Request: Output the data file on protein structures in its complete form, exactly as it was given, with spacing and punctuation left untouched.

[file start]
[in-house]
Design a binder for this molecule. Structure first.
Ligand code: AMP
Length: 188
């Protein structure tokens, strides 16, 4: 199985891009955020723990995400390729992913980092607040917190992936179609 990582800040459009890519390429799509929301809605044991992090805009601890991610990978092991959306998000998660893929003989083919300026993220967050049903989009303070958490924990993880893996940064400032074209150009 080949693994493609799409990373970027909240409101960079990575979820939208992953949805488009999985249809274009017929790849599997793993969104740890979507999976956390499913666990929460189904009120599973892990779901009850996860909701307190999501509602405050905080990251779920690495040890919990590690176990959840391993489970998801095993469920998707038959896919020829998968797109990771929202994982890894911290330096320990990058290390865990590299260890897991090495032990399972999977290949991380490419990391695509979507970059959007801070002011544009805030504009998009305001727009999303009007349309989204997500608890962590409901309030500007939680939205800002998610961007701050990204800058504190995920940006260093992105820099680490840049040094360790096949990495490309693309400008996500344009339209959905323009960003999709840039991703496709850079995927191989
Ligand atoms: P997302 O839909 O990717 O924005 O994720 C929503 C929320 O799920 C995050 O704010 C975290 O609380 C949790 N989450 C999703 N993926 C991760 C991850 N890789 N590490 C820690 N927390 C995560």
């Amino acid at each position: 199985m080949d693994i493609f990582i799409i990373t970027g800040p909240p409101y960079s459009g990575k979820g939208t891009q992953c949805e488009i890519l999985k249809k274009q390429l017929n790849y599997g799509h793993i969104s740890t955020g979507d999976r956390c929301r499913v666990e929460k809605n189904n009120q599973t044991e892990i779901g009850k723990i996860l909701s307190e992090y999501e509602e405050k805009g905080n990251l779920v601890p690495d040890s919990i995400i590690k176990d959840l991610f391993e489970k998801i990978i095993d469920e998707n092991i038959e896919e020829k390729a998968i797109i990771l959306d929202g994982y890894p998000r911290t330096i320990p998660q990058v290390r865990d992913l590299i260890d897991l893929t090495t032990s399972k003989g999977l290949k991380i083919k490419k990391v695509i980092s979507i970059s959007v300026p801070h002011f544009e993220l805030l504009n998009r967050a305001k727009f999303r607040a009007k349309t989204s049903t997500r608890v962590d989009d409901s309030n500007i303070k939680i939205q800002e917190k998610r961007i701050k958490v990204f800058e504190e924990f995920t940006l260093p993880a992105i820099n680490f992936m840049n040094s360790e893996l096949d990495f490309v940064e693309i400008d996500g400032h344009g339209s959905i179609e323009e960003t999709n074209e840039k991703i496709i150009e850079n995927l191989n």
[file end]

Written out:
[in-house]
Design a binder for this molecule. Structure first.
Ligand code: AMP
Length: 188
């Protein structure tokens, strides 16, 4: 199985891009955020723990995400390729992913980092607040917190992936179609 990582800040459009890519390429799509929301809605044991992090805009601890991610990978092991959306998000998660893929003989083919300026993220967050049903989009303070958490924990993880893996940064400032074209150009 080949693994493609799409990373970027909240409101960079990575979820939208992953949805488009999985249809274009017929790849599997793993969104740890979507999976956390499913666990929460189904009120599973892990779901009850996860909701307190999501509602405050905080990251779920690495040890919990590690176990959840391993489970998801095993469920998707038959896919020829998968797109990771929202994982890894911290330096320990990058290390865990590299260890897991090495032990399972999977290949991380490419990391695509979507970059959007801070002011544009805030504009998009305001727009999303009007349309989204997500608890962590409901309030500007939680939205800002998610961007701050990204800058504190995920940006260093992105820099680490840049040094360790096949990495490309693309400008996500344009339209959905323009960003999709840039991703496709850079995927191989
Ligand atoms: P997302 O839909 O990717 O924005 O994720 C929503 C929320 O799920 C995050 O704010 C975290 O609380 C949790 N989450 C999703 N993926 C991760 C991850 N890789 N590490 C820690 N927390 C995560």
């Amino acid at each position: 199985m080949d693994i493609f990582i799409i990373t970027g800040p909240p409101y960079s459009g990575k979820g939208t891009q992953c949805e488009i890519l999985k249809k274009q390429l017929n790849y599997g799509h793993i969104s740890t955020g979507d999976r956390c929301r499913v666990e929460k809605n189904n009120q599973t044991e892990i779901g009850k723990i996860l909701s307190e992090y999501e509602e405050k805009g905080n990251l779920v601890p690495d040890s919990i995400i590690k176990d959840l991610f391993e489970k998801i990978i095993d469920e998707n092991i038959e896919e020829k390729a998968i797109i990771l959306d929202g994982y890894p998000r911290t330096i320990p998660q990058v290390r865990d992913l590299i260890d897991l893929t090495t032990s399972k003989g999977l290949k991380i083919k490419k990391v695509i980092s979507i970059s959007v300026p801070h002011f544009e993220l805030l504009n998009r967050a305001k727009f999303r607040a009007k349309t989204s049903t997500r608890v962590d989009d409901s309030n500007i303070k939680i939205q800002e917190k998610r961007i701050k958490v990204f800058e504190e924990f995920t940006l260093p993880a992105i820099n680490f992936m840049n040094s360790e893996l096949d990495f490309v940064e693309i400008d996500g400032h344009g339209s959905i179609e323009e960003t999709n074209e840039k991703i496709i150009e850079n995927l191989n």